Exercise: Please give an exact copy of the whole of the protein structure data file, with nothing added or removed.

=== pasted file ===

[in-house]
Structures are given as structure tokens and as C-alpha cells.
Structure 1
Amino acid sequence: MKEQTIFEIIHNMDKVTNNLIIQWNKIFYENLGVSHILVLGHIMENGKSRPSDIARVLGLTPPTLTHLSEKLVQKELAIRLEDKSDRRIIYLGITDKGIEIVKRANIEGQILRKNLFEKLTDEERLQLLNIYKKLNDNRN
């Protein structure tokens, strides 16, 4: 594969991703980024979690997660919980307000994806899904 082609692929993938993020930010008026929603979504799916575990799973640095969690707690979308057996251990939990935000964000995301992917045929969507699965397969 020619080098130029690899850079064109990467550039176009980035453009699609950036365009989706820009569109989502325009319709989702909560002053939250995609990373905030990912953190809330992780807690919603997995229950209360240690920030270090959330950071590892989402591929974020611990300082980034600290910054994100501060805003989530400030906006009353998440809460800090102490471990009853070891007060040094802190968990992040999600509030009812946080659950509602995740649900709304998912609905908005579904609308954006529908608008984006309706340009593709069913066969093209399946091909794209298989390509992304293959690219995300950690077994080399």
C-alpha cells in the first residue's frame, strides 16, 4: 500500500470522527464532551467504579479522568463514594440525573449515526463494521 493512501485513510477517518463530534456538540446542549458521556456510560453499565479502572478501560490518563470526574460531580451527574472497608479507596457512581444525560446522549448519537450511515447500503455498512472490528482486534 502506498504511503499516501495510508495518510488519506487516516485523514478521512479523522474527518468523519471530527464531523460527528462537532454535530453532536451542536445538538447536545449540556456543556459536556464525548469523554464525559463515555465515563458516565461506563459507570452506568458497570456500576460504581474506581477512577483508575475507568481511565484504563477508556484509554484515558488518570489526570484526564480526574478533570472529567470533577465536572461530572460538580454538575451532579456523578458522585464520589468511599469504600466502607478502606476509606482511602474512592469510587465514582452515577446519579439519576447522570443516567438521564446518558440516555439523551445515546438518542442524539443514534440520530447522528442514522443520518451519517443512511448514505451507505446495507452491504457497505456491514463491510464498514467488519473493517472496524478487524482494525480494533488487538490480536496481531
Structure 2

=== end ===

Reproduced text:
[in-house]
Structures are given as structure tokens and as C-alpha cells.
Structure 1
Amino acid sequence: MKEQTIFEIIHNMDKVTNNLIIQWNKIFYENLGVSHILVLGHIMENGKSRPSDIARVLGLTPPTLTHLSEKLVQKELAIRLEDKSDRRIIYLGITDKGIEIVKRANIEGQILRKNLFEKLTDEERLQLLNIYKKLNDNRN
């Protein structure tokens, strides 16, 4: 594969991703980024979690997660919980307000994806899904 082609692929993938993020930010008026929603979504799916575990799973640095969690707690979308057996251990939990935000964000995301992917045929969507699965397969 020619080098130029690899850079064109990467550039176009980035453009699609950036365009989706820009569109989502325009319709989702909560002053939250995609990373905030990912953190809330992780807690919603997995229950209360240690920030270090959330950071590892989402591929974020611990300082980034600290910054994100501060805003989530400030906006009353998440809460800090102490471990009853070891007060040094802190968990992040999600509030009812946080659950509602995740649900709304998912609905908005579904609308954006529908608008984006309706340009593709069913066969093209399946091909794209298989390509992304293959690219995300950690077994080399």
C-alpha cells in the first residue's frame, strides 16, 4: 500500500470522527464532551467504579479522568463514594440525573449515526463494521 493512501485513510477517518463530534456538540446542549458521556456510560453499565479502572478501560490518563470526574460531580451527574472497608479507596457512581444525560446522549448519537450511515447500503455498512472490528482486534 502506498504511503499516501495510508495518510488519506487516516485523514478521512479523522474527518468523519471530527464531523460527528462537532454535530453532536451542536445538538447536545449540556456543556459536556464525548469523554464525559463515555465515563458516565461506563459507570452506568458497570456500576460504581474506581477512577483508575475507568481511565484504563477508556484509554484515558488518570489526570484526564480526574478533570472529567470533577465536572461530572460538580454538575451532579456523578458522585464520589468511599469504600466502607478502606476509606482511602474512592469510587465514582452515577446519579439519576447522570443516567438521564446518558440516555439523551445515546438518542442524539443514534440520530447522528442514522443520518451519517443512511448514505451507505446495507452491504457497505456491514463491510464498514467488519473493517472496524478487524482494525480494533488487538490480536496481531
Structure 2